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Endone withdrawal

Discussion in 'General Discussion Subforum' started by Steelejohn157, Apr 28, 2018.

  1. Steelejohn157

    Steelejohn157 Newcomer

    i am coming off opioids and now only use endone for breakthroughs. I know I can get relief within an hour if I take 2 endones. Is this an area where TMS can help?
     
  2. Dorado

    Dorado Beloved Grand Eagle

    Absolutely, and stay off all withdrawal forums. Withdrawal is valid and can happen, but I know from getting off SNRIs, SSRIs, and now Kavinace (phenibut) and 5-HTP that anxiety makes withdrawal last longer and feel much more painful. My brain zaps from SNRIs started greatly decreasing in intensity and frequency after I calmed down, and so did the panic attacks, derealization/depersonalization, and mood swings. I had to get an EEG to confirm to myself and my neurologist that the brain zaps weren’t seizures (a non-verified rumor I had read about on a withdrawal forum, of course!), and we also performed a test that looked at my serotonin, norepinephrine, cortisol, adrenaline, etc. Once I realized I was OK and that people with way worse neurotransmitter levels don’t have the symptoms I was dealing with, I significantly improved.

    Bottom line: I would've recovered sooner had I stopped visiting withdrawal forums where I read nothing but horror stories. I believe there's a psychogenic component to everything in life, even structural conditions like my congenital connective tissue disorder and genuine drug withdrawals, meaning that your perceptions and emotions can magnify everything.

    Withdrawal sensitizes your nervous system, and TMS may sometimes view this sensitization as a great opportunity to distract you, so the sensitization can continue for way longer than it should. Anxiety has been shown to continue stimulating the nervous system and slowing down the bodily repairs that occur after withdrawal (just like my brain zaps). There was actually a study performed on this topic, specifically looking at central sensitization in opioid withdrawal. One always needs to be careful when coming off a drug, but ignore anyone who says withdrawal is permanent. We’re all different from one another, but the body knows how to heal.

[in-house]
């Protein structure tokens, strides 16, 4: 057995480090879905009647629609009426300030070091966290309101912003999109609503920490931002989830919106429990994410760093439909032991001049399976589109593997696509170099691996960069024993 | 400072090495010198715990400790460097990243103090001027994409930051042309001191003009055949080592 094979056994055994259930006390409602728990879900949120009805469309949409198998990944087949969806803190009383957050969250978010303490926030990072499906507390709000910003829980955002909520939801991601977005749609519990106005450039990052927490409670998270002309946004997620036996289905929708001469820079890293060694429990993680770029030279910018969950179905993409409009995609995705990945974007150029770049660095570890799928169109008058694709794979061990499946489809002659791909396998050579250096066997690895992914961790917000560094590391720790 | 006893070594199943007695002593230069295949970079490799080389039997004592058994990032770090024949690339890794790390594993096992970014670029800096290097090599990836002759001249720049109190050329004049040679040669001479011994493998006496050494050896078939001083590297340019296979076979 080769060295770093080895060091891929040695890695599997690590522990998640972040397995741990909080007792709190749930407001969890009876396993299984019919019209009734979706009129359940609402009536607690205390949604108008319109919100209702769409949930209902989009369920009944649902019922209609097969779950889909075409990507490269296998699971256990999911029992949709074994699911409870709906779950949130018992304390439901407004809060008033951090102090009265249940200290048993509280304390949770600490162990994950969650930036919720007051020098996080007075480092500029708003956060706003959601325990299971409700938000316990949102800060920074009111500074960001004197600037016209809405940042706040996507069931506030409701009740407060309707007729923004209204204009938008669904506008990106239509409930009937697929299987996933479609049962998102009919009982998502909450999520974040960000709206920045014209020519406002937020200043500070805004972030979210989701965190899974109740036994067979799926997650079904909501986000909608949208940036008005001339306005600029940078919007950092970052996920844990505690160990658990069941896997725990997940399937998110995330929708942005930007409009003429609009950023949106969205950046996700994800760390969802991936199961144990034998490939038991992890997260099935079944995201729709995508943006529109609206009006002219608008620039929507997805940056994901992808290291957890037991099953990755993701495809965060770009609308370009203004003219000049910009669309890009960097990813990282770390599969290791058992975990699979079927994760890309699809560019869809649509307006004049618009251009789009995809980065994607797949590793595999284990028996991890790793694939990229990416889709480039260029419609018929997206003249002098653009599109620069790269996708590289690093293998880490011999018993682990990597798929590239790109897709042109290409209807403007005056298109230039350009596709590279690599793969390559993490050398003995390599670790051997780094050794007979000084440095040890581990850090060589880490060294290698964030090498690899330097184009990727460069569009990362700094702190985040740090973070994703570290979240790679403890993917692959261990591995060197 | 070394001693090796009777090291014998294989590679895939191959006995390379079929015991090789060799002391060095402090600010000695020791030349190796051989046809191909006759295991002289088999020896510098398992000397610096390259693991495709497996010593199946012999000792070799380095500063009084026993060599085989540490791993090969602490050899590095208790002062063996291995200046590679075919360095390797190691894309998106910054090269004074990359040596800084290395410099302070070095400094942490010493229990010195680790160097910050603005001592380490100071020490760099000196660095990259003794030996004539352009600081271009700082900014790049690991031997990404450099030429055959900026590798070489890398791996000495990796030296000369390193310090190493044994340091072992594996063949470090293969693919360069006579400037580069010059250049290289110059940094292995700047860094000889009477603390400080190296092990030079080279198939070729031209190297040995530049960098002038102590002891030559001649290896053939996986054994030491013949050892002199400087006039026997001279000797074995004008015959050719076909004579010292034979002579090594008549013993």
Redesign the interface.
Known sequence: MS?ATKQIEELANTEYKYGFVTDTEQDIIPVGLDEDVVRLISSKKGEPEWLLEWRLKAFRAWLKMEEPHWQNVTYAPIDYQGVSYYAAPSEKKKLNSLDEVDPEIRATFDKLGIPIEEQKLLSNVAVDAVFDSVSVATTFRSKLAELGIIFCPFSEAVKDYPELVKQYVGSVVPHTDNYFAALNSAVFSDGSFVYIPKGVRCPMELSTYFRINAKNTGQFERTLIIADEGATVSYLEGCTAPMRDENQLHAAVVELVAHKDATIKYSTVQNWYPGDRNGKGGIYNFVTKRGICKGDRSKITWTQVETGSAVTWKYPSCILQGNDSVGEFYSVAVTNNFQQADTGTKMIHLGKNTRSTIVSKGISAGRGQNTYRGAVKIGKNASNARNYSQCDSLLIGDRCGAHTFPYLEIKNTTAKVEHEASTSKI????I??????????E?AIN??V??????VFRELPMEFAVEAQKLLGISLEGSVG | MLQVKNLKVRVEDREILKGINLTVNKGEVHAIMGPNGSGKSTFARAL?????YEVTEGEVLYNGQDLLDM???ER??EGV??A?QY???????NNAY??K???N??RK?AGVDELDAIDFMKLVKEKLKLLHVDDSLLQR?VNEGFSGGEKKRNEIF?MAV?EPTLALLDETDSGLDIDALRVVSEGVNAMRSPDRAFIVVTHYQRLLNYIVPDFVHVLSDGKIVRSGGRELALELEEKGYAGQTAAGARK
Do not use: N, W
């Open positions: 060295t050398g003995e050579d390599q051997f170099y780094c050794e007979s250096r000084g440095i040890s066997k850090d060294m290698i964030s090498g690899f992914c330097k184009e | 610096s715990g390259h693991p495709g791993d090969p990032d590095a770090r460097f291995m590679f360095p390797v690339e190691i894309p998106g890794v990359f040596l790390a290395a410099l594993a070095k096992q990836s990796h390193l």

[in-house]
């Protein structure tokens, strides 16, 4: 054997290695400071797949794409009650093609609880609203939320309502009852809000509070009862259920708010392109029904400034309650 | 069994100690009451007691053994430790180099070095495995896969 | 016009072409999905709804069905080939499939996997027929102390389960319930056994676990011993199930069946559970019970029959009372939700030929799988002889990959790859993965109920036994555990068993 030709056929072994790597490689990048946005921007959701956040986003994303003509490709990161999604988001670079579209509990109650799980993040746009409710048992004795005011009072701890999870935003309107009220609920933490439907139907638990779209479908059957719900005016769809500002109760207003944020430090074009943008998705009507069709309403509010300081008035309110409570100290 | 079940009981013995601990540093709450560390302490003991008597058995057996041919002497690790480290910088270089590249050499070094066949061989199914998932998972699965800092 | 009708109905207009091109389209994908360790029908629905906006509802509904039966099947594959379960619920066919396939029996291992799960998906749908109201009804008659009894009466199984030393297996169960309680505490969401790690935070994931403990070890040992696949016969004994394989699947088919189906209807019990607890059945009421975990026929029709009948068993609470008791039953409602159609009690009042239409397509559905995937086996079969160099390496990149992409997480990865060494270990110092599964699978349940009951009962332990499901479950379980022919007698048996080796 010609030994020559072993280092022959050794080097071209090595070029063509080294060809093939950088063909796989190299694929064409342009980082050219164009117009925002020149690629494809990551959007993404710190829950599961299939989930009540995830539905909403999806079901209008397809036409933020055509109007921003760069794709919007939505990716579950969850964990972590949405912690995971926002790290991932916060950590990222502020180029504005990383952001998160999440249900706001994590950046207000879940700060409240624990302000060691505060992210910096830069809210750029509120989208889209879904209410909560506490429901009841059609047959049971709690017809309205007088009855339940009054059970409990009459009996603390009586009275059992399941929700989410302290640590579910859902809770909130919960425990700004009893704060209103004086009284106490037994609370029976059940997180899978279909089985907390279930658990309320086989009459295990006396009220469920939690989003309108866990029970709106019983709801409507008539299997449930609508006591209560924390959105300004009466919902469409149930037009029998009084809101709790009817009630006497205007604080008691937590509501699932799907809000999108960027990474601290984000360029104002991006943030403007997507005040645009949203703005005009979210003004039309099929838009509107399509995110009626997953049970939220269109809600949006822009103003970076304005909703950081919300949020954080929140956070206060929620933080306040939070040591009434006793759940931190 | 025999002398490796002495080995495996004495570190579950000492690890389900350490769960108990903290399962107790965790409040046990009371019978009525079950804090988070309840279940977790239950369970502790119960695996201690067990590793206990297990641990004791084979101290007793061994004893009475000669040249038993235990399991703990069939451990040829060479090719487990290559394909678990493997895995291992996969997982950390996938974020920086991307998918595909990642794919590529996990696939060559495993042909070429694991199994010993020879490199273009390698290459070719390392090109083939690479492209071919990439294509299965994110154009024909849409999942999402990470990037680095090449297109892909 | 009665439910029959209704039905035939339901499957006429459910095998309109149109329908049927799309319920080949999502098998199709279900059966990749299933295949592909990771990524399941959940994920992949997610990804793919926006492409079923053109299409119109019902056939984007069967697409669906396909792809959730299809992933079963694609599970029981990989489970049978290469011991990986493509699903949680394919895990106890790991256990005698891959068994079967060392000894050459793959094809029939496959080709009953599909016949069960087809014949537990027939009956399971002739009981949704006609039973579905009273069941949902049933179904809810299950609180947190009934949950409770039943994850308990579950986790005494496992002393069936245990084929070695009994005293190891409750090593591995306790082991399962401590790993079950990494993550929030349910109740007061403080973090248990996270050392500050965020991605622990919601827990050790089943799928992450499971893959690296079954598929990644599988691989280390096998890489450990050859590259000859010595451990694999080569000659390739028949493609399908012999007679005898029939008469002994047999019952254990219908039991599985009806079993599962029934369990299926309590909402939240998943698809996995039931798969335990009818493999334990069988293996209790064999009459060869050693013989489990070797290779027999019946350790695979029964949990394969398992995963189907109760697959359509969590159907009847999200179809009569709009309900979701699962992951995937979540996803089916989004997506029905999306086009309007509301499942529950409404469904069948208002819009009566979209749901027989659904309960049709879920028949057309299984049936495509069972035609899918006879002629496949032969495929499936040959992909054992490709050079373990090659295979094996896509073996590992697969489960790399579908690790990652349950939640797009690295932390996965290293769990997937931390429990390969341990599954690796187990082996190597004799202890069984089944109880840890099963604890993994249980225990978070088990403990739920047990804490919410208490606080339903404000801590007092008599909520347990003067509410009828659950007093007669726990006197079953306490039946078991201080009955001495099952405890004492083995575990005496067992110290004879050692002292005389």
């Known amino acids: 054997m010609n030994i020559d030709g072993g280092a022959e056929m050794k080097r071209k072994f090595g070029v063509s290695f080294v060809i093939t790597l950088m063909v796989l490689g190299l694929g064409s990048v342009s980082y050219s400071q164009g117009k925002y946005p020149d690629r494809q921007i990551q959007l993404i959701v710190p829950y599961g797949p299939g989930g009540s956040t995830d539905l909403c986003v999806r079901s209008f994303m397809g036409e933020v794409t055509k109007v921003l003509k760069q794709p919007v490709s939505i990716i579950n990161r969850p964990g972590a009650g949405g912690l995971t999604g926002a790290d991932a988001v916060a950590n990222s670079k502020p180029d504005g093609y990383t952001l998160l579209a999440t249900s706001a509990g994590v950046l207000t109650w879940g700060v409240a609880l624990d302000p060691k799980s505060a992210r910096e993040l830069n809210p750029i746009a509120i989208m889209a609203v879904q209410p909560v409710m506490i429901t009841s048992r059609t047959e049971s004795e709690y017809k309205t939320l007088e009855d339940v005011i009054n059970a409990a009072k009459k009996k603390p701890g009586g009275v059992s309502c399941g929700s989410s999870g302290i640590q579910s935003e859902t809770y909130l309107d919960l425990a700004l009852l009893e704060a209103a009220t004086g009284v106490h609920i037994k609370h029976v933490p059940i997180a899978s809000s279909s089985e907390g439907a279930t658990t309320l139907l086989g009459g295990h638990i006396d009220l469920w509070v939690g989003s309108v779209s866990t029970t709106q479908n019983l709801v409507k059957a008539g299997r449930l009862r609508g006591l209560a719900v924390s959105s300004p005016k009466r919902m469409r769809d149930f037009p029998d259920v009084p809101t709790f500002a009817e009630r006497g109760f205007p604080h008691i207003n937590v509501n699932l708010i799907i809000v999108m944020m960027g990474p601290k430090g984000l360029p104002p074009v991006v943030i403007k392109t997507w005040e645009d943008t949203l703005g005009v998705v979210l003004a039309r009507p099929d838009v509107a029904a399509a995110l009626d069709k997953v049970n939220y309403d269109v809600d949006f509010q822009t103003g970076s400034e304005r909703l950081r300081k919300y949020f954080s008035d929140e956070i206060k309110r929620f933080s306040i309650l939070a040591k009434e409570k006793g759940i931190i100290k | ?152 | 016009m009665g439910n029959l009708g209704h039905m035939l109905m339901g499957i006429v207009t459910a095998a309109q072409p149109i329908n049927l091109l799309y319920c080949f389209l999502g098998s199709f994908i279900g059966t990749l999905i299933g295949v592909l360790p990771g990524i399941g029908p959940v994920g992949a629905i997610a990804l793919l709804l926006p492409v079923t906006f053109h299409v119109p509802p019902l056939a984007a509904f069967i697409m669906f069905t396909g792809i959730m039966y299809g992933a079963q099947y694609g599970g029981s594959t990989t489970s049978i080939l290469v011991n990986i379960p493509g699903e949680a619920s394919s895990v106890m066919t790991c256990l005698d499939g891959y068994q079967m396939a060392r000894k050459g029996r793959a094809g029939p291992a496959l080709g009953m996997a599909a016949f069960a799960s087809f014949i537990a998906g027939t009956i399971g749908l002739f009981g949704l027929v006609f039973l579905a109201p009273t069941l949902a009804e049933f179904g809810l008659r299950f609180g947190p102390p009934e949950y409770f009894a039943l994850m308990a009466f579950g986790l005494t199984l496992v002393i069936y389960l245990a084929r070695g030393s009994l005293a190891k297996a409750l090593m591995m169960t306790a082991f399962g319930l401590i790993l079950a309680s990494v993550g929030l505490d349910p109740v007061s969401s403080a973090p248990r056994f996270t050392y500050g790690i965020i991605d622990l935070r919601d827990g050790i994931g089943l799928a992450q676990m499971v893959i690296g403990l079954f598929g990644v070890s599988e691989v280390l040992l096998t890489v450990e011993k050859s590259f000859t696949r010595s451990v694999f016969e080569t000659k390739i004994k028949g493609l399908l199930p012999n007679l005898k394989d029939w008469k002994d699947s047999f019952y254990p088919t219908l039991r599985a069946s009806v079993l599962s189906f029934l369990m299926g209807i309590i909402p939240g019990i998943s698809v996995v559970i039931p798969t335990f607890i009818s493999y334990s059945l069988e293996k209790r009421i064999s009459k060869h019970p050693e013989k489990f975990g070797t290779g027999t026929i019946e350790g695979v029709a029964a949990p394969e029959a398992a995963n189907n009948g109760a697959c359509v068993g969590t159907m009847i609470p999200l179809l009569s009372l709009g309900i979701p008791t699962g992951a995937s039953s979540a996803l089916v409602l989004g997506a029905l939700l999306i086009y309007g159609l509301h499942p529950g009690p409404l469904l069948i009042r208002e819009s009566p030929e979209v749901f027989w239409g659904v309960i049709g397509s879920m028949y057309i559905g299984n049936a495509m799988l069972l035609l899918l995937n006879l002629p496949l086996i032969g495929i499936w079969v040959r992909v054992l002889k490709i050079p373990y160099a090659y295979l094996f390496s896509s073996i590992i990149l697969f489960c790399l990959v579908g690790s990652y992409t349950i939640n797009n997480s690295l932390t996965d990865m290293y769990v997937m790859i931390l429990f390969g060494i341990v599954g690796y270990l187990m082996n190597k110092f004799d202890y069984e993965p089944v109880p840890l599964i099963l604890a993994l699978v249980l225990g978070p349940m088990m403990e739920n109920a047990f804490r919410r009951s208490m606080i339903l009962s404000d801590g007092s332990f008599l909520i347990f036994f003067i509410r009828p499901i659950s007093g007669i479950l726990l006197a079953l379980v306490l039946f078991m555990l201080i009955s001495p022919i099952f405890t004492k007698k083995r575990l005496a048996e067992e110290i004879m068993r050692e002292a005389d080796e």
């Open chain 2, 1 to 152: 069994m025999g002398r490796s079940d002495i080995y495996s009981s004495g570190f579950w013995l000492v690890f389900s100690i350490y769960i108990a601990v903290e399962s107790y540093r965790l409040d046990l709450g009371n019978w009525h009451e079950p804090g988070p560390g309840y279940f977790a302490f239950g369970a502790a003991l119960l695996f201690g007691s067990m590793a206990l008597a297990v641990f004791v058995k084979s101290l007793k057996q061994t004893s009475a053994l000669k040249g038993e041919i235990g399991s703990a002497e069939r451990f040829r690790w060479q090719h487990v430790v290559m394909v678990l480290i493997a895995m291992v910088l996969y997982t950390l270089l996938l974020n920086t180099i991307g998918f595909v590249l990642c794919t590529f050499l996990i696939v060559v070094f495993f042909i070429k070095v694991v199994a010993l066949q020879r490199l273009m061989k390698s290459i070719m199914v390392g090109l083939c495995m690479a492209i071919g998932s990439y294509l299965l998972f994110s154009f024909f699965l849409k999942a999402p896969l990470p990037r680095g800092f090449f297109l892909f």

A mind-body approach is best here: TMS work combined with healthy eating and light to moderate physical activity (unless you feel like more intense activity won’t make you anxious with an exercise-induced adrenaline rush). Meditate, visualize your body healing and already being healed, force yourself to laugh when you’re unhappy (it tricks the brain!), have fun in life, etc.

    For anxiety, just remember that it’s a normal sympathetic nervous system response, and your nervous system might be extra sensitive from withdrawal right now. Work on retraining your amygdala: https://www.unlearninganxiety.com/amygdala/ (Amygdala)

    If you need a natural supplement that can reduce/balance your cortisol and help with anxiety as well as better overall brain function, I recommend Phosphatidylserine. It’s non-addictive and doesn’t require tapering, so no withdrawal potential! It helped me with anxiety and out-of-whack cortisol from Cymbalta withdrawal: https://www.invitehealth.com/article-phosphatidylserine-a-superhero-for-your-brain.html (Phosphatidylserine: A Superhero for Your Brain)

    Meditation is a miracle for the release of healthy neurotransmitters that help you heal your overall nervous system faster: https://eocinstitute.org/meditation/dhea_gaba_cortisol_hgh_melatonin_serotonin_endorphins/ (7 Key Meditation Chemicals: Melatonin, Serotonin, GABA, DHEA, Endorphins – EOC Institute)

    Meditation also bypasses opioid receptors, for what it's worth: https://nccih.nih.gov/research/blog/mindfulness-meditation-pain (Mindfulness Meditation Reduces Pain, Bypasses Opioid Receptors)

    Of course, I’m sure you already know to work with a doctor and taper as appropriate.
     
    Last edited: Apr 29, 2018
    Ellen likes this.

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